What Takes Place During an IVLP Exchange?
On February 3, an international delegation of 23 emerging leaders from 20 African countries met with TESSA to discuss how the organization serves victims of domestic violence.
For the last 45 years, TESSA has been serving the Pikes Peak Region by providing both rural and urban advocacy to victims of Inter-Personal Violence, Sexual Assault, and Human Trafficking. The name "TESSA" was strategically chosen to be simple and interchangeable as a person's name so that victims can simply call and say they're talking to their friend "Tessa" without raising suspicion.
Rica Molet, the Community Engagement Manager for TESSA, provided the delegation with a general overview of the organization.
TESSA's advocacy and support services include 24/7 safe-line communications so that victims can call at any time of day or night and receive help. The organization also has the only Safe House that operates year-round and serves victims of sexual assault and domestic violence. This full-service Safe House not only provides housing, but case management, childcare, and other resources for women and children.
In El Paso County alone, TESSA serves around 18,000 individuals a year.
Rural advocate Melanie Grimes spoke on behalf of TESSA's rural programming specifically. Advocates who serve this region act as full-time "case managers," assisting clients during the entirety of their journey into freedom from domestic violence.
She outlined the context of rural communities, explaining that their challenges are different than their urban counterpart. Rural communities are small and positioned far away from the central TESSA offices in Colorado Springs. Therefore, victims from these rural areas are less likely to utilize the services available because of responsibilities and high gas prices. This demographic also has management responsibilities such as land and livestock, which make leaving their abuser or community much more difficult. So, TESSA advocates meet their clients emotionally, and geographically where they are. Grimes explained that victims in rural communities have typically been isolated by their abuser, so advocates must provide heavy hands-on support to ensure clients are not alone in this process.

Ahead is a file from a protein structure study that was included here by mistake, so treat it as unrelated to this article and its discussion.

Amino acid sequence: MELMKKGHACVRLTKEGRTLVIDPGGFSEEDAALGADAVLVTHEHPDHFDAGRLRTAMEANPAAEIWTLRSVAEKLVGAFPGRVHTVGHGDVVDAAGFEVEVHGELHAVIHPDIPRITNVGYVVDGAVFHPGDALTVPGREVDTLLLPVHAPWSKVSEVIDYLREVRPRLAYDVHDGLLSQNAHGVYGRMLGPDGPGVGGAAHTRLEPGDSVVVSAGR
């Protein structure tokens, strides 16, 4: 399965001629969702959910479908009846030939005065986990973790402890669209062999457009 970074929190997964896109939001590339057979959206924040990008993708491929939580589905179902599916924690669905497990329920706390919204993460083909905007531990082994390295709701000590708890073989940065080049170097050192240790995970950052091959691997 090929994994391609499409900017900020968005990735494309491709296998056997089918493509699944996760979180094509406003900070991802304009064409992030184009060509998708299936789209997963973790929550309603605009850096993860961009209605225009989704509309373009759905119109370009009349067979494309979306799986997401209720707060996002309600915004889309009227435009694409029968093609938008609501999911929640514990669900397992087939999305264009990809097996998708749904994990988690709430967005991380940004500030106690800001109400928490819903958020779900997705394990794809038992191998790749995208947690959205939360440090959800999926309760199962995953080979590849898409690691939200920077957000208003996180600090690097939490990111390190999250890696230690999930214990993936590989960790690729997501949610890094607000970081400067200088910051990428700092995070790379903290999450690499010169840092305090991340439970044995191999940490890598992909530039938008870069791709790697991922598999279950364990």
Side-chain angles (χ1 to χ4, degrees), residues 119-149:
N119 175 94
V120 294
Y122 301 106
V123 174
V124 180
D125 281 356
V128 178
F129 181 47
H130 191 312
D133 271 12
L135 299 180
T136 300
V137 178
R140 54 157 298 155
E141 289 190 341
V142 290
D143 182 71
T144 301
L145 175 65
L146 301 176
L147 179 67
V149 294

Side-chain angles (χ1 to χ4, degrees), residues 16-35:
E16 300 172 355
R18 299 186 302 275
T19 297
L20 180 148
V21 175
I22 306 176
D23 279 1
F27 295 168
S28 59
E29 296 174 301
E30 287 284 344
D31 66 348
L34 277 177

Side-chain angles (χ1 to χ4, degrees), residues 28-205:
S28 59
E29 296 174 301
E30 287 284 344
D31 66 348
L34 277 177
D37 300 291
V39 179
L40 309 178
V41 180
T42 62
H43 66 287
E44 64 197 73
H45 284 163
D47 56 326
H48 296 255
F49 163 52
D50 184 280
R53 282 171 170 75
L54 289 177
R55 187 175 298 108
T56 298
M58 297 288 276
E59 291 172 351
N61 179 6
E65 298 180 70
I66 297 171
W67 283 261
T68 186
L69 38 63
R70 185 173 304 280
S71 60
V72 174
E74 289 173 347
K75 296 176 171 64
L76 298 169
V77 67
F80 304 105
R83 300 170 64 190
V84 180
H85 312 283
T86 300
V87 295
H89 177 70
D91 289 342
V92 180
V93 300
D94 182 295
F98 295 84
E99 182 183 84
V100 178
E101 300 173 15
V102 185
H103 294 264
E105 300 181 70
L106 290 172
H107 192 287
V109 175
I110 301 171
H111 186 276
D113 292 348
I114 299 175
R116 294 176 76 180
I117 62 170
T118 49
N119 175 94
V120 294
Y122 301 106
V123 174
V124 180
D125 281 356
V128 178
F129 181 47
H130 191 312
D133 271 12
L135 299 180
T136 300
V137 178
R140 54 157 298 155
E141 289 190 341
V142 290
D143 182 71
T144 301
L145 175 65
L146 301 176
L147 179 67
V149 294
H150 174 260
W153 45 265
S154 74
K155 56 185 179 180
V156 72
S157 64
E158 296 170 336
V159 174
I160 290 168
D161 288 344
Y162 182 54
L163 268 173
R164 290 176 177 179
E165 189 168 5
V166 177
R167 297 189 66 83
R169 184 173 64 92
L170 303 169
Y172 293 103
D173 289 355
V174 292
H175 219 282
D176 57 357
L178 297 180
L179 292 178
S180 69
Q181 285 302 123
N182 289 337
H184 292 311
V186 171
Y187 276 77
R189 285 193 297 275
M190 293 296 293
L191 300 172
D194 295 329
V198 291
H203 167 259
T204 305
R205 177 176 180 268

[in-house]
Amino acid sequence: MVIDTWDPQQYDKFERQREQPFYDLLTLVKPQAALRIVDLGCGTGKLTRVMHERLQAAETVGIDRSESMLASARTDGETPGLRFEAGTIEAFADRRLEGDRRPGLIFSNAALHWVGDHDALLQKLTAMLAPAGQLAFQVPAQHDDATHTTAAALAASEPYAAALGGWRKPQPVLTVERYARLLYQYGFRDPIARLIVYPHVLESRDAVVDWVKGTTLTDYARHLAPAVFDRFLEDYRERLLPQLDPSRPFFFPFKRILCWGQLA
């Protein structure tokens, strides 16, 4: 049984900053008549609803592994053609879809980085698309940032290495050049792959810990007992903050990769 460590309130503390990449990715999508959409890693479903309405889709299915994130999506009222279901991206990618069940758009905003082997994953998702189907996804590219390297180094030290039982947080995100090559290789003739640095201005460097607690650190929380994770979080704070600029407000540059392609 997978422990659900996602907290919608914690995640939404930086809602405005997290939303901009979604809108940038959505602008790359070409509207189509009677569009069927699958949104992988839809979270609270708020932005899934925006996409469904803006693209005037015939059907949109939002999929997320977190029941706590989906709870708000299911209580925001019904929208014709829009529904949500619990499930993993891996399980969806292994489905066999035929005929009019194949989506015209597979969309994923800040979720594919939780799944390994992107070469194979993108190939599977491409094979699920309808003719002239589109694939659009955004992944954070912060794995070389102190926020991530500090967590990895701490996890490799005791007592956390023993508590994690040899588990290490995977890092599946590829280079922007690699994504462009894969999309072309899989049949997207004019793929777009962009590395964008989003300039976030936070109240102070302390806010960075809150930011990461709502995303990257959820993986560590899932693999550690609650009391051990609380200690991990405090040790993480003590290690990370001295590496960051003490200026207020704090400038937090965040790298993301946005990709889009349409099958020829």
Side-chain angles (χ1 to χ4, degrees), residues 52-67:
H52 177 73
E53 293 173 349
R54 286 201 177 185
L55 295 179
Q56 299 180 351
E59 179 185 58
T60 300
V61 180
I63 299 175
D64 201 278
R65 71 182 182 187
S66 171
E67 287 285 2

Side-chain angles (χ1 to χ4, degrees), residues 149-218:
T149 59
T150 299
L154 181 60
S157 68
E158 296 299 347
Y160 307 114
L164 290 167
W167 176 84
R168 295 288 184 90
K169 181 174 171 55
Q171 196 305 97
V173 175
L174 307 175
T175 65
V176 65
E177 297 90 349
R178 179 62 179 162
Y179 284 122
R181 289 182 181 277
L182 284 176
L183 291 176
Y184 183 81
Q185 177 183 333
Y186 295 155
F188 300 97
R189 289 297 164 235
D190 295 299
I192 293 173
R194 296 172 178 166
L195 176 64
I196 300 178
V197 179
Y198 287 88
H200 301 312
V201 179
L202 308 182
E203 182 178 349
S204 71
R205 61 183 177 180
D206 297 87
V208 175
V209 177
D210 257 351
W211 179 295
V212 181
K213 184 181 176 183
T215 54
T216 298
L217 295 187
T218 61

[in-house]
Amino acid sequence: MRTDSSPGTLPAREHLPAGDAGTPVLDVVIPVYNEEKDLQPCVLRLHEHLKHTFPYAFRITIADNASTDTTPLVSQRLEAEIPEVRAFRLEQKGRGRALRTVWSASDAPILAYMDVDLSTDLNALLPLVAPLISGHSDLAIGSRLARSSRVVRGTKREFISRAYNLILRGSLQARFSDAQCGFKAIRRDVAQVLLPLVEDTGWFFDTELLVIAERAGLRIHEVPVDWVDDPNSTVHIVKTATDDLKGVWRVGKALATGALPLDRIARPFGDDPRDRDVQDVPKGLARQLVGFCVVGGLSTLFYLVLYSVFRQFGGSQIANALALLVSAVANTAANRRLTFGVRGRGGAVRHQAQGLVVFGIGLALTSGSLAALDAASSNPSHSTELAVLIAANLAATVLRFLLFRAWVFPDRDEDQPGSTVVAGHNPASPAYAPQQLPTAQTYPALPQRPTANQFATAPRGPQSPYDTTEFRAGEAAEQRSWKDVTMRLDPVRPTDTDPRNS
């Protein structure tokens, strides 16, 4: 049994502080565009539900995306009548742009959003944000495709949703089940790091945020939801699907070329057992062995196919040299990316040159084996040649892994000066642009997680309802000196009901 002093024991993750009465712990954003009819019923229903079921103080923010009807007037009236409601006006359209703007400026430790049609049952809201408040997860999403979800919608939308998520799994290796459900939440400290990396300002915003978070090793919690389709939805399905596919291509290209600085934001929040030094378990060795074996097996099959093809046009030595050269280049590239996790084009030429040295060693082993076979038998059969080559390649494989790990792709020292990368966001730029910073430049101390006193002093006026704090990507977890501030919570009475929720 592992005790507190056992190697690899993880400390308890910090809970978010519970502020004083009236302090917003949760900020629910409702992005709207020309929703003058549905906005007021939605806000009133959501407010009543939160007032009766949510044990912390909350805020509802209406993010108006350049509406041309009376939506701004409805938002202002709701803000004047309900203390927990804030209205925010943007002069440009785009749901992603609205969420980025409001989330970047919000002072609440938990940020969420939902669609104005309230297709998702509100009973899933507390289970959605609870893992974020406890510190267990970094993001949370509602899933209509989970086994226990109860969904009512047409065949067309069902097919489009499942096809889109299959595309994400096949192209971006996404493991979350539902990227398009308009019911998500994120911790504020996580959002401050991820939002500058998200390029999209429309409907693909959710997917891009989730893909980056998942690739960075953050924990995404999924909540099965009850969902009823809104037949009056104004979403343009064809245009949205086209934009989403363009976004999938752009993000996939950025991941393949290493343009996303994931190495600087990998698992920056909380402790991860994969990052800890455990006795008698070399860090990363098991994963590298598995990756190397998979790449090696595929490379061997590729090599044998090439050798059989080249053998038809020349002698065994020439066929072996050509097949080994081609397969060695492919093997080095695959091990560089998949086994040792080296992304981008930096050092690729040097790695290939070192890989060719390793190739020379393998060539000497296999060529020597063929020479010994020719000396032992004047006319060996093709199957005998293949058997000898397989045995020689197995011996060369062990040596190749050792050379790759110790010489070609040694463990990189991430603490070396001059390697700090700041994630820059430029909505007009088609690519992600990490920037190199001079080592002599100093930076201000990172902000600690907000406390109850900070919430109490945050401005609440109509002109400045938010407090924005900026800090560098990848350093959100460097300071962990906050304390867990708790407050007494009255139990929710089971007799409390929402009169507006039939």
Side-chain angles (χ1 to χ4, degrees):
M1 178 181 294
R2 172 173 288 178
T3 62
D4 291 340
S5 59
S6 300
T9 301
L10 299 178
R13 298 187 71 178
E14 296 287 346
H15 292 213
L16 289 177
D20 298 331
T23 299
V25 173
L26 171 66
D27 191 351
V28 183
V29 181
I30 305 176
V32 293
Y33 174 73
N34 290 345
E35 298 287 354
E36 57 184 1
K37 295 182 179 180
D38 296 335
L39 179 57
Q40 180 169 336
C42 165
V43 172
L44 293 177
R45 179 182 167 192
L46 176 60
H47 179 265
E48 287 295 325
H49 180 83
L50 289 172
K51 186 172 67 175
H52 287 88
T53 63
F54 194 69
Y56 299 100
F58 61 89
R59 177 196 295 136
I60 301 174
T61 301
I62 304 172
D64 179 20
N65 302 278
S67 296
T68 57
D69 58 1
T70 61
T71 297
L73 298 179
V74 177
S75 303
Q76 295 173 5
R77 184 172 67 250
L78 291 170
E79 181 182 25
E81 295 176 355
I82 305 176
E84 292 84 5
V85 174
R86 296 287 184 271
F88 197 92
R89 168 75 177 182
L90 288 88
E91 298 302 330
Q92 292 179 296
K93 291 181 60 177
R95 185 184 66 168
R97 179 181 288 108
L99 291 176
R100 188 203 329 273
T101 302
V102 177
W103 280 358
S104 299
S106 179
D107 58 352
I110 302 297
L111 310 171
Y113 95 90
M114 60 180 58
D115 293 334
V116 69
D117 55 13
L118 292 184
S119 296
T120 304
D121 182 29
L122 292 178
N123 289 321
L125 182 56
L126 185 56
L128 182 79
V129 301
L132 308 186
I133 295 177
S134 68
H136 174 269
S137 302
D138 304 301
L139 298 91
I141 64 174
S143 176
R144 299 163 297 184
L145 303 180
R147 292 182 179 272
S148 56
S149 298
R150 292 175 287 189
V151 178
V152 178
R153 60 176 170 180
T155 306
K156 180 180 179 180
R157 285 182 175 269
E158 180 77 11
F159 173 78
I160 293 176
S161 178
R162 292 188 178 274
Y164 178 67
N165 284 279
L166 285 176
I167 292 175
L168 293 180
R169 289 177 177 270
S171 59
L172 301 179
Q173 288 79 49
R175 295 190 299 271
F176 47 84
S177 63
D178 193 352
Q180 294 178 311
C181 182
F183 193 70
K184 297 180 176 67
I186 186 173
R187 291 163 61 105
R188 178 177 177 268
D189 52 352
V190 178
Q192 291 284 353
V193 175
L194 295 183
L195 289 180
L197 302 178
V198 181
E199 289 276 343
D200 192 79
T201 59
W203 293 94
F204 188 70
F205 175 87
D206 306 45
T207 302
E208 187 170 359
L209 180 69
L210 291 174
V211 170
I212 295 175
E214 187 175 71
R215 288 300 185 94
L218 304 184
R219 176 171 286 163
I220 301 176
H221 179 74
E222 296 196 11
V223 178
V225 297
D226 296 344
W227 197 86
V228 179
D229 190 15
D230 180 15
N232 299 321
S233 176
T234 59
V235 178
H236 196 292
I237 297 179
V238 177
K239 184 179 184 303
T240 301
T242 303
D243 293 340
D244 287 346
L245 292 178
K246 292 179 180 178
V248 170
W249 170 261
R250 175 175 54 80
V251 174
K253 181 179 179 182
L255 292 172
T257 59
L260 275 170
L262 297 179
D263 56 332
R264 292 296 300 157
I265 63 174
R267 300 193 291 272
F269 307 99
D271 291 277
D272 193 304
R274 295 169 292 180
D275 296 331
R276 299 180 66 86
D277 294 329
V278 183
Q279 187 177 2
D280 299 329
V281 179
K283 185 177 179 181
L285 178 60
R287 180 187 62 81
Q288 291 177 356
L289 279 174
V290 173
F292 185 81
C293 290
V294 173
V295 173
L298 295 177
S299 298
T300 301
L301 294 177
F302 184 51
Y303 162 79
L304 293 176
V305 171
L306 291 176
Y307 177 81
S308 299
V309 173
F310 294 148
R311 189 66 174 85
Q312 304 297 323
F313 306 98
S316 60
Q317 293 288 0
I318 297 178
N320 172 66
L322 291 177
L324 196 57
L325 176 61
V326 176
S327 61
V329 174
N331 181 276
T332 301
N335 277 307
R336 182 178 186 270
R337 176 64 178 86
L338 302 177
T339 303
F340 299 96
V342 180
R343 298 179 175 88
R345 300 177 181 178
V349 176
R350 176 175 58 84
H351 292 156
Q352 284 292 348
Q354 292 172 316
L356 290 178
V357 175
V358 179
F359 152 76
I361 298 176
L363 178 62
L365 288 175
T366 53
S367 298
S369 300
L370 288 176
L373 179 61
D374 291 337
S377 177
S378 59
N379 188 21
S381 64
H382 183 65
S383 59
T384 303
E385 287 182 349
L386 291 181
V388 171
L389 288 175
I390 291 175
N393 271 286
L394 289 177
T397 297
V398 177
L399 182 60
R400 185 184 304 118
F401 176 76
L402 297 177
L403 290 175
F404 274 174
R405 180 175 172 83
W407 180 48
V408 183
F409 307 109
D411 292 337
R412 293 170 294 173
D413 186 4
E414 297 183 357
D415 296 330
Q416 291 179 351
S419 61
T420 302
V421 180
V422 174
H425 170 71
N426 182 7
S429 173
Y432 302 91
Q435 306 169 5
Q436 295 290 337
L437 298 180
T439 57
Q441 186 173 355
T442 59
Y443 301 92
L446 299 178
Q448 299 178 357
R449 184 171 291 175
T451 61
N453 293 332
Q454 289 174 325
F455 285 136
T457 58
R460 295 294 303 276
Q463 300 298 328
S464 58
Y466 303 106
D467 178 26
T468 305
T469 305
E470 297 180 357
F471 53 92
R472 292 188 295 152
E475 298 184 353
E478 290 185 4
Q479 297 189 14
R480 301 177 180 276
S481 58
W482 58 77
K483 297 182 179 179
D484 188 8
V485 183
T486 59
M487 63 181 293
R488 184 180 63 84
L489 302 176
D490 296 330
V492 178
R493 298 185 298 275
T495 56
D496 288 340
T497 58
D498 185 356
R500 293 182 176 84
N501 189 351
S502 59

All services at TESSA are "client-driven," which means the victims themselves guide their support and advocacy process.
The delegation was highly engaged with this discussion. One delegate from Sierra Leone shared their own experience with violence and assault and asked for advice on managing personal mental health in this profession.
Molet and Grimes used a bowl-of-water analogy to encourage the delegation to maintain enough energy for the day. The water in the bowl represents all the energy they can give to clients, so they must "fill their bowl up with water" by doing things that bring them joy so that they can give and refill when needed. TESSA provides its advocates with counseling services and self-care plans for additional support. They understand the importance of such support because without it, advocates will experience burnout or trauma themselves. One cannot help others if they are likewise in that space.
Another delegate from Tongo wanted to know how TESSA's best practices and programs "empowered" the victims they serve.
Molet and Grimes responded by explaining that truly listening to each client, meeting them where they are, and giving them the power to choose between the options presented to them is offering true empowerment. Because the victim's agency was stolen from them throughout their experience, TESSA wants to give that empowerment back to them and agency back to them through listening and offering options.
Molet was amazed by the meeting with delegates and expressed her appreciation to hear and learn from her colleagues abroad, "I learned that in some ways no matter what country we talk to, we have similar hardships or issues," Molet said. "It's eye-opening that we aren't the only ones, and we can reach out for help and advice and brainstorm from others."
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